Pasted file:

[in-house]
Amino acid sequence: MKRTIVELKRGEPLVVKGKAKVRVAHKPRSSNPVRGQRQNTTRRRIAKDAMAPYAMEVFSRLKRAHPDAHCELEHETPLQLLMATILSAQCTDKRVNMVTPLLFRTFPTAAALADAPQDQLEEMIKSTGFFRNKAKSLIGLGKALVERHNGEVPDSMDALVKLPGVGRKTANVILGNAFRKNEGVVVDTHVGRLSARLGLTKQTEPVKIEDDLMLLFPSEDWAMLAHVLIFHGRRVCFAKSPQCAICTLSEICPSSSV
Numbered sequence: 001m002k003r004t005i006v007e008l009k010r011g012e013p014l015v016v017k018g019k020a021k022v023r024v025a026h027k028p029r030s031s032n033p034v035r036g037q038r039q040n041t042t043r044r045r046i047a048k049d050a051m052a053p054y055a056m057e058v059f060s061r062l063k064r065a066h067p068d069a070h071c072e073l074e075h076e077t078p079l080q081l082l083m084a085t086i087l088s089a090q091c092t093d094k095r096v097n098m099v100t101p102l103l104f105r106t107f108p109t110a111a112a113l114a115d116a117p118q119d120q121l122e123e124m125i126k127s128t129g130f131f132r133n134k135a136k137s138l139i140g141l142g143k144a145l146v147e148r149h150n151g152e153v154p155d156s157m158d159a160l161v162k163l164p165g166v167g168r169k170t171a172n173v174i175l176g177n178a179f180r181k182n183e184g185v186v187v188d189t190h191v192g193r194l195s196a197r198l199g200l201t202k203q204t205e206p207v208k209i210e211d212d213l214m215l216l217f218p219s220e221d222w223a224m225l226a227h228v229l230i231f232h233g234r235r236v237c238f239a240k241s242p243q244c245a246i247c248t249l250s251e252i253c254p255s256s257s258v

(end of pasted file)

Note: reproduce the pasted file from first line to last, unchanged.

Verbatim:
[in-house]
Amino acid sequence: MKRTIVELKRGEPLVVKGKAKVRVAHKPRSSNPVRGQRQNTTRRRIAKDAMAPYAMEVFSRLKRAHPDAHCELEHETPLQLLMATILSAQCTDKRVNMVTPLLFRTFPTAAALADAPQDQLEEMIKSTGFFRNKAKSLIGLGKALVERHNGEVPDSMDALVKLPGVGRKTANVILGNAFRKNEGVVVDTHVGRLSARLGLTKQTEPVKIEDDLMLLFPSEDWAMLAHVLIFHGRRVCFAKSPQCAICTLSEICPSSSV
Numbered sequence: 001m002k003r004t005i006v007e008l009k010r011g012e013p014l015v016v017k018g019k020a021k022v023r024v025a026h027k028p029r030s031s032n033p034v035r036g037q038r039q040n041t042t043r044r045r046i047a048k049d050a051m052a053p054y055a056m057e058v059f060s061r062l063k064r065a066h067p068d069a070h071c072e073l074e075h076e077t078p079l080q081l082l083m084a085t086i087l088s089a090q091c092t093d094k095r096v097n098m099v100t101p102l103l104f105r106t107f108p109t110a111a112a113l114a115d116a117p118q119d120q121l122e123e124m125i126k127s128t129g130f131f132r133n134k135a136k137s138l139i140g141l142g143k144a145l146v147e148r149h150n151g152e153v154p155d156s157m158d159a160l161v162k163l164p165g166v167g168r169k170t171a172n173v174i175l176g177n178a179f180r181k182n183e184g185v186v187v188d189t190h191v192g193r194l195s196a197r198l199g200l201t202k203q204t205e206p207v208k209i210e211d212d213l214m215l216l217f218p219s220e221d222w223a224m225l226a227h228v229l230i231f232h233g234r235r236v237c238f239a240k241s242p243q244c245a246i247c248t249l250s251e252i253c254p255s256s257s258v